Despite the fervent belief by some Tea Partiers in American exceptionalism, there are several places on Earth where you’d probably be happier living. Healthier, too. Forbes has gathered information about both classes of country (here and here), and it’s from these helpful lists, neither of which features the U.S. in the top 10, that this larger one is drawn. Yes, the United States is a wonderful place: freedom of speech, Law & Order reruns, and cheap fuel. But if you want to really enjoy your life, your job and your friends, you might want to consider relocating.
- Denmark: Denmark clocks in as the happiest country, with 82 percent of citizens thriving and only 1 percent suffering, with 17 percent listed as struggling. The universal health care system, though not the most efficient of the countries that use such a plan, also comes into play to make Denmark a healthy and appealing option, with life expectancy of about 70 years for men and women. Plus, come on, it’s Denmark: winters hover around 32 degrees Fahrenheit with August temperatures averaging around 60 degrees Fahrenheit, and you can bike pretty much everywhere.
- Finland: Ranking second in happiness and third in health according to the folks at Forbes, Finland is yet another tiny European country that’s teaching the world how to live. Fully three-fourths of the population is financially thriving, with only 2 percent categorized as suffering (in contrast, 57 percent of Americans are classified as thriving, which is still pretty great, but not Finland-great). After watching a sizeable portion of their population succumb to heart disease decades ago, the government instituted healthy eating programs that have driven the death rate from heart disease into the basement. People live longer and enjoy those lives more.
- Sweden: With an impressive gap between the percentage of citizens thriving versus those struggling (68 percent and 30 percent, respectively), Sweden easily ranks as one of the happiest places to live. Its health credentials are equally impressive: some of the cleanest air in the world, a strong number of physicians, and the lowest infant mortality rate on the planet. It’s basically a pristine, nurturing place to live and buy easy-to-assemble furniture. In the southern part of the country, the weather stays temperate year-round, with winters in the 50s and summers in the 60s and 70s. Why haven’t you bought a ticket yet?
- Iceland: Iceland proves its healthiness in its life expectancy rates, which are 72 for men and 74 for women. The clean, crisp countryside is also relatively pollution-free, and citizens are encouraged to stay healthy thanks to one of the highest densities of physicians anywhere in the world (almost four per 1,000 people). The economics aren’t as strong as other nations, with about half the population thriving and half struggling, but the unshakeable link between health and happiness keeps this country among the best even for those who earn less.
- Austria: You should just get used to the fact that most of these will be in Europe. With a solid number (57 percent) of citizens thriving, not to mention a high number of physicians, Austria is yet another example of how life can be better in a foreign country smaller than Maine. Two-thirds of the country is in the Alps, too, which means you’re basically living like the Von Trapps.
- Netherlands: The Netherlands falls a bit below the health peak because of the pollution evident in its urban areas, particularly Amsterdam. But the high life expectancy and low disease rate, couple with a sturdy economy that sees 68 percent of its people thriving, make this one of the happiest and healthiest countries in the world. The weather’s just plain gorgeous, too: average highs in the 40s in winter and the 70s in summer. Art, history, culture, and sunshine.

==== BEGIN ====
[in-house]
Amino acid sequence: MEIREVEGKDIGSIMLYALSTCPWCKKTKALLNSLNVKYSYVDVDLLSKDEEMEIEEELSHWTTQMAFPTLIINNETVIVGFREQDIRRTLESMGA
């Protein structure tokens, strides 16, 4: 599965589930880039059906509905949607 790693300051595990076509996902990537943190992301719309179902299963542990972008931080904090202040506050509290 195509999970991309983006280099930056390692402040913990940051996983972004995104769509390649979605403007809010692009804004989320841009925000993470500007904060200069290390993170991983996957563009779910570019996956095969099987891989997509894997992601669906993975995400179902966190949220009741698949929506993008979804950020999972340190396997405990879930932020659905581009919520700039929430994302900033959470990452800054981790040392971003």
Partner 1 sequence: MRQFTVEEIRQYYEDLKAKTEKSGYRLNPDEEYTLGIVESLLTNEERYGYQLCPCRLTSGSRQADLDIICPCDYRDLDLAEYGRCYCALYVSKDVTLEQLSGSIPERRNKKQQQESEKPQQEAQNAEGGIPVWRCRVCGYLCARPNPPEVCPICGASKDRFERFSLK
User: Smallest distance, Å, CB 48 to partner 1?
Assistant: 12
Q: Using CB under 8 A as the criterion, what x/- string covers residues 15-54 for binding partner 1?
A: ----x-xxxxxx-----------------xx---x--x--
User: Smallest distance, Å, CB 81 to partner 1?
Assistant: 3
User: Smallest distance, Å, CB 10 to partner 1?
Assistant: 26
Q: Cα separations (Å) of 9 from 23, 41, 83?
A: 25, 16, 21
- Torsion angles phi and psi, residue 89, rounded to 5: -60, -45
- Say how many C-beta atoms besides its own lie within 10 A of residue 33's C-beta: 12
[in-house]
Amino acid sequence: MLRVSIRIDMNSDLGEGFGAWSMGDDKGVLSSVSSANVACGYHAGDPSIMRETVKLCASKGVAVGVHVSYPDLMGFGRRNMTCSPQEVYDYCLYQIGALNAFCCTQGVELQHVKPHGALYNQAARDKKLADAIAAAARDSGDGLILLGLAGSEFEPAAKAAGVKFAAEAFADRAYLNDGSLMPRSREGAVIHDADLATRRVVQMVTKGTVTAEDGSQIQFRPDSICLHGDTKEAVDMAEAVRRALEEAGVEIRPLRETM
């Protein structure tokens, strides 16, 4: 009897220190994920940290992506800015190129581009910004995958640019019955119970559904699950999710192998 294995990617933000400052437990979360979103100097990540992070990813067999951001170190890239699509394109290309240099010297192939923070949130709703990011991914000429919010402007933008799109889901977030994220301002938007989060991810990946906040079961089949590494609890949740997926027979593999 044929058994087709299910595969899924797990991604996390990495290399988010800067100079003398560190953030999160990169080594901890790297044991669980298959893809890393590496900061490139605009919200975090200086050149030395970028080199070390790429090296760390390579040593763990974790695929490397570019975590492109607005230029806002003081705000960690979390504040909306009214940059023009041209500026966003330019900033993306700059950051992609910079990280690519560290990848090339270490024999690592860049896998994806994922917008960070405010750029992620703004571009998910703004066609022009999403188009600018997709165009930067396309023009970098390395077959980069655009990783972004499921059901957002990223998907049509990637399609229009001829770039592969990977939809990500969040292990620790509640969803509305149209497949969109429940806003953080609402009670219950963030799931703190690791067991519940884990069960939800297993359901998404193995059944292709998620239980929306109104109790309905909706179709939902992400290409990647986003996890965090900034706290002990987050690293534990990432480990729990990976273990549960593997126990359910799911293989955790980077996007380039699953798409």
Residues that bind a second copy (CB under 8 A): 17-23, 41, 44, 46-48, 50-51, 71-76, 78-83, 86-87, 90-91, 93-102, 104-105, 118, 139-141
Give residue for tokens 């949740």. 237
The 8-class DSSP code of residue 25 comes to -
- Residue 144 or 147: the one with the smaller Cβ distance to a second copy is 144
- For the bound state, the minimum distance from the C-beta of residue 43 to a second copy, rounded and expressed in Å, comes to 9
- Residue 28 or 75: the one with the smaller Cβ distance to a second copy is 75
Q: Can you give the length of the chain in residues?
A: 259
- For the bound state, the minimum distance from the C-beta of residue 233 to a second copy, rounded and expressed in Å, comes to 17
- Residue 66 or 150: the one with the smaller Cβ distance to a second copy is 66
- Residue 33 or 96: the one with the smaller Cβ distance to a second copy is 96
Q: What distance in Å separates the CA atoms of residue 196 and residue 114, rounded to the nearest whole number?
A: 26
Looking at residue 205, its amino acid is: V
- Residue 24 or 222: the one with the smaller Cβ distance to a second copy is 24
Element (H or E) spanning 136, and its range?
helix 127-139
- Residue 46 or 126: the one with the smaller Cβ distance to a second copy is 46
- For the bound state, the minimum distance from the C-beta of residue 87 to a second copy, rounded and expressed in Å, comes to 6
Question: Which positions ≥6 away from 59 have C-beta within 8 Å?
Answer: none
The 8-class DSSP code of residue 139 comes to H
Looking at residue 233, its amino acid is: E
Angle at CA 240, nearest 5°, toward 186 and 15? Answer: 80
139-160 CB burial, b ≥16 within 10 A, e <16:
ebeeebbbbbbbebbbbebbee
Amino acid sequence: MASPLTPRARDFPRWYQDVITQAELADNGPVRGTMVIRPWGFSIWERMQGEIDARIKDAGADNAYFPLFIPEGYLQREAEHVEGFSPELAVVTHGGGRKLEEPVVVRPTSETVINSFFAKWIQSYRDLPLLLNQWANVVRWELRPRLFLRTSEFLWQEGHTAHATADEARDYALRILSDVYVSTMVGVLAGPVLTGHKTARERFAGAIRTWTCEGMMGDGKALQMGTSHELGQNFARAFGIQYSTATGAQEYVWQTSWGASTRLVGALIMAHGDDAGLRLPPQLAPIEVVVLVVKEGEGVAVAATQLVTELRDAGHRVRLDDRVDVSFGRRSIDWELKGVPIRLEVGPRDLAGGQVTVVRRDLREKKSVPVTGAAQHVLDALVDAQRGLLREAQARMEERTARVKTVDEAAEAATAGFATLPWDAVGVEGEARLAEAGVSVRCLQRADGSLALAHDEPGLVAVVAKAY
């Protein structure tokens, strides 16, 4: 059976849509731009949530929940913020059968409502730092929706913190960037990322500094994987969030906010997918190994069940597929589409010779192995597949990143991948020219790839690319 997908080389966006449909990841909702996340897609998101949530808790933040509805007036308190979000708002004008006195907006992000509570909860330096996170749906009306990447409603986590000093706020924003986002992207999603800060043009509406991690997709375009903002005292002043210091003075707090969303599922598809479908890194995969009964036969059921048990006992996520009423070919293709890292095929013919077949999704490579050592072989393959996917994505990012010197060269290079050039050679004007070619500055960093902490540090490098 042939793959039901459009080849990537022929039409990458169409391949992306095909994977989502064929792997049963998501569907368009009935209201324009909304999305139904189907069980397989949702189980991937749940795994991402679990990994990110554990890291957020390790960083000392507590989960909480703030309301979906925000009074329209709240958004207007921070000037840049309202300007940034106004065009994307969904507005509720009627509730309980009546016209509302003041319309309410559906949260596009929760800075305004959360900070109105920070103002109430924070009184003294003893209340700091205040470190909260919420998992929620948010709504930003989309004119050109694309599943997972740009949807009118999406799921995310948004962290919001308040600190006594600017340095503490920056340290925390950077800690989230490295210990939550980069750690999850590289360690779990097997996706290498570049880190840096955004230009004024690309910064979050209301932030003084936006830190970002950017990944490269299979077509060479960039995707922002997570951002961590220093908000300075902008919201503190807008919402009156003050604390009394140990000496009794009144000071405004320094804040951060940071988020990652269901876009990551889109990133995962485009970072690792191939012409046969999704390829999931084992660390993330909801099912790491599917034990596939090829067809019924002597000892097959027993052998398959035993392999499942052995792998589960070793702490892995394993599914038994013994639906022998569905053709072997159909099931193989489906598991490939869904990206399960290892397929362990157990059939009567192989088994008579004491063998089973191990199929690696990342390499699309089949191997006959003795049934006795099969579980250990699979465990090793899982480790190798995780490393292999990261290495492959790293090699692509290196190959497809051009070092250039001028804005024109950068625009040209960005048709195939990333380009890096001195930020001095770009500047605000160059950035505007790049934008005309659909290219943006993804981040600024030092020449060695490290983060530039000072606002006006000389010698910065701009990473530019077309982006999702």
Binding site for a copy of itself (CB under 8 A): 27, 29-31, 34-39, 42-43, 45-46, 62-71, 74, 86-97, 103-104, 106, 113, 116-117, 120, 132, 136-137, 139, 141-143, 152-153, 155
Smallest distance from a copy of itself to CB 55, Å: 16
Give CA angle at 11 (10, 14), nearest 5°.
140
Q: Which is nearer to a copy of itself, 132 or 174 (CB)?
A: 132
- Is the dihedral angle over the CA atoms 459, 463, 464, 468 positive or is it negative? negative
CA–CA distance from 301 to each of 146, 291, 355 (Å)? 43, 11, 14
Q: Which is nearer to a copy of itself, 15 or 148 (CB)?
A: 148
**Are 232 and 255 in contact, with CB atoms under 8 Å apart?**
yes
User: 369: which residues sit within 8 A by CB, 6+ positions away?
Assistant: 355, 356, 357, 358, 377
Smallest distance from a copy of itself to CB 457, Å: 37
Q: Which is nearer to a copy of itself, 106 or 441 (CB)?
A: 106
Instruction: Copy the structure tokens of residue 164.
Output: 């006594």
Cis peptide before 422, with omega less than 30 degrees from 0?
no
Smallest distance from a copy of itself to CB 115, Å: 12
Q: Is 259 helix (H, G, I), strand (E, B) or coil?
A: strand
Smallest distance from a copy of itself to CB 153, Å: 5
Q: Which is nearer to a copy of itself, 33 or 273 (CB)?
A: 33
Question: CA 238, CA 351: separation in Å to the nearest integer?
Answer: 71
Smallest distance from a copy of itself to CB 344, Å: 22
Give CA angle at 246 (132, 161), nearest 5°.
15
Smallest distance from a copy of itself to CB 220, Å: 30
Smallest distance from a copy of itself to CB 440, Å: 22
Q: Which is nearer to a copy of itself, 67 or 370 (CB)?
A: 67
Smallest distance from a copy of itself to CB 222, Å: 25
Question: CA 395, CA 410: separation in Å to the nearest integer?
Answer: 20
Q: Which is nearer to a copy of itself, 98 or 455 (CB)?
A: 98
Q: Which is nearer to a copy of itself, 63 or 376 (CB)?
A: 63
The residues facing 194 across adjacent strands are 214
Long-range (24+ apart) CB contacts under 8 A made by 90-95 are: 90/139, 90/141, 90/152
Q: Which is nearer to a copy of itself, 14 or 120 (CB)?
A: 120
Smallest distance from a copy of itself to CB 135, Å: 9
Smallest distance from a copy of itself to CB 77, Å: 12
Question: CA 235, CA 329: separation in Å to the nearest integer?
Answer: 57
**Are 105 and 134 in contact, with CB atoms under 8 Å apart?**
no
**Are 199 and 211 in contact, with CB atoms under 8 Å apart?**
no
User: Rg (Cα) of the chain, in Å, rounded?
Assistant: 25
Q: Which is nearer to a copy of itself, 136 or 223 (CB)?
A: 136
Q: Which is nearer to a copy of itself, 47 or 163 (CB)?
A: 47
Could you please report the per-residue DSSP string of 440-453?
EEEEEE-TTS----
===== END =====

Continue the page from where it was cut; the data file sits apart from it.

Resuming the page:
- Switzerland: The thriving citizens outnumber the struggling ones nearly 2 to 1 in Switzerland, and they’re all healthy, too. The country spends more than 10 percent of its gross domestic product on health care, one of the highest percentages in the world, and that contributes to longer, healthier lives (the life expectancy is 71 for men and 75 for women). Switzerland gets a bit of a bad rap, or at least a cartoony one, in the western world: it’s known for knives, chocolate, clocks, and stringent neutrality. But clearly they’re doing something right.
- Australia: Australia enjoys another large gap between the amount of thriving and struggling/suffering citizens, thanks in large part to a health care system that doesn’t send premiums skyrocketing for the elderly or those who’ve made a higher number of claims than average. Plus the environment is one of the cleanest around, which not only boosts health but contributes to happiness and overall quality of life. A heaven for those who love the outdoors.
- Costa Rica: Costa Rica’s health is average, but what makes the country so special is how unexpectedly high its happiness rating is. Fully 63 percent of its people are thriving, thanks in many ways to a cultural emphasis on community and togetherness that bonds the citizens to each other in a manner often lost in larger countries. It’s one of the highest ranked countries in the world in terms of environmental performance and human development, too.
- Canada: This one has to upset Americans. Canada, right next door, is happier and healthier than the superpower with which it shares a border. Despite a relatively low number of doctors per capita, the socialized medicine (which sounds awesome right now) and long life expectancies make Canada one of the safest places to live. They’ve also got a high number of financially thriving citizens, boosting their happiness ranking several notches past that of the United States. We’re so close, yet so far.
Submitted by Career Overview